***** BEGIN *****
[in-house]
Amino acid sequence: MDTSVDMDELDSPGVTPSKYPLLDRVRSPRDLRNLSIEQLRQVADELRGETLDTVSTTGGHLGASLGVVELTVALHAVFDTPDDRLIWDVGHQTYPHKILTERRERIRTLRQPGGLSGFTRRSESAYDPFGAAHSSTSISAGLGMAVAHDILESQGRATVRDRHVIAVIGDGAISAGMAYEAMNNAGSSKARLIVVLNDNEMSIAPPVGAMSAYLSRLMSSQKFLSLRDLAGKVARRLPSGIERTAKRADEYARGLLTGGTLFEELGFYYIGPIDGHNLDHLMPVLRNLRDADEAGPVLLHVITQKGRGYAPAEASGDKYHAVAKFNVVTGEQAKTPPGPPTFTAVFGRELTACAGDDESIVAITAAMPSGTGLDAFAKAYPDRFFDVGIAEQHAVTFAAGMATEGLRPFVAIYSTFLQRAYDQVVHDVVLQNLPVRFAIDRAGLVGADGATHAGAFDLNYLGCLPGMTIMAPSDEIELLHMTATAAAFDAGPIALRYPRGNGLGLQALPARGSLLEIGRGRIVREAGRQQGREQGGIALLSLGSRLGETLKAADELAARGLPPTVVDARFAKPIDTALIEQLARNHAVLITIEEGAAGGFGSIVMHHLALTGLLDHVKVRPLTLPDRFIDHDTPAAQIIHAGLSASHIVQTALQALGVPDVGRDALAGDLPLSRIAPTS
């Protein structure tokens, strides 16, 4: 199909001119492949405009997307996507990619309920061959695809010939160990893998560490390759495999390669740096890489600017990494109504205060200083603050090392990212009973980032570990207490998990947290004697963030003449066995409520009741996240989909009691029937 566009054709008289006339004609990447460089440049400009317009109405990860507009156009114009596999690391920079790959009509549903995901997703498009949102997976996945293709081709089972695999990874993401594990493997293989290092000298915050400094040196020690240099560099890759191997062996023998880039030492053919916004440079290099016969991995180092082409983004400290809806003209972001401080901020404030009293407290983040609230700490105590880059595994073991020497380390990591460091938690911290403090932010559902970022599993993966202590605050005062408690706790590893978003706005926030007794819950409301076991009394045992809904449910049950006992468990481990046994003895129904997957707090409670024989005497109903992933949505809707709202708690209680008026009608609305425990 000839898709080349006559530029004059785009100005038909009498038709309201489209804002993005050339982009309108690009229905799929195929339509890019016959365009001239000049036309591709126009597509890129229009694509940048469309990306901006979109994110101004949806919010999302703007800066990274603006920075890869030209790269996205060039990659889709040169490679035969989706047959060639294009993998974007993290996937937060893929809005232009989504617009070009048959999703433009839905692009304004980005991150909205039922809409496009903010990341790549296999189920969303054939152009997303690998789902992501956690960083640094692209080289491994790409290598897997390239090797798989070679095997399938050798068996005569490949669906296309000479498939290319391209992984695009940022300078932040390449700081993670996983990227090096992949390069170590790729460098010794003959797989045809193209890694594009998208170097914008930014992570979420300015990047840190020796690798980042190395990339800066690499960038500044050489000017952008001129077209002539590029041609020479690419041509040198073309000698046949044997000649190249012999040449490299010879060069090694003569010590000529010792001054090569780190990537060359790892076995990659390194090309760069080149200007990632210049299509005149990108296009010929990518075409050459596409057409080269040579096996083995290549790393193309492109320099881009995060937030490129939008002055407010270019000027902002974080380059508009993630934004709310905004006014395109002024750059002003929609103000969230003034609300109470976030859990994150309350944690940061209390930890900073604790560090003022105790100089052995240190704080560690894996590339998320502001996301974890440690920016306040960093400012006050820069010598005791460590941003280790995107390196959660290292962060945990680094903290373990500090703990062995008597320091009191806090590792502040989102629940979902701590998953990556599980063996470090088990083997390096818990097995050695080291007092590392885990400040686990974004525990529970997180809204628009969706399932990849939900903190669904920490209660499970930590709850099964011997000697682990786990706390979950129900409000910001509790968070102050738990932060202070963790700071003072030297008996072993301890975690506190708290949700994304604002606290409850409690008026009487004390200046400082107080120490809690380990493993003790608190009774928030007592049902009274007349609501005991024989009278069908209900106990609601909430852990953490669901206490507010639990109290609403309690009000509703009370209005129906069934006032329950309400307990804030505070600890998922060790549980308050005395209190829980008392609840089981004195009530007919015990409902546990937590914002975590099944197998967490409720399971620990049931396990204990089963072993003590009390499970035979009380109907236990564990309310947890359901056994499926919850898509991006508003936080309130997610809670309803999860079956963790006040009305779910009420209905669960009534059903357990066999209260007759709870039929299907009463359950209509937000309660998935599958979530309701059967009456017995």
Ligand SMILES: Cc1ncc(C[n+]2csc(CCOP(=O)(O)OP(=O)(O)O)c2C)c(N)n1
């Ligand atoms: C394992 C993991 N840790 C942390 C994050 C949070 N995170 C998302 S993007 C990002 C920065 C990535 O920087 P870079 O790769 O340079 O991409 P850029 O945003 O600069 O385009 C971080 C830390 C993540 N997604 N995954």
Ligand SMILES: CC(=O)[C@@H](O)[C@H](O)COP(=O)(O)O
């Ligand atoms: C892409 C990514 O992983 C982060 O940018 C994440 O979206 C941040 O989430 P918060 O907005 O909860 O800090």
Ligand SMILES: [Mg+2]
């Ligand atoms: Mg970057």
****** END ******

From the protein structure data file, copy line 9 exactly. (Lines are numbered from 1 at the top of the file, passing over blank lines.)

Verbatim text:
């Ligand atoms: Mg970057």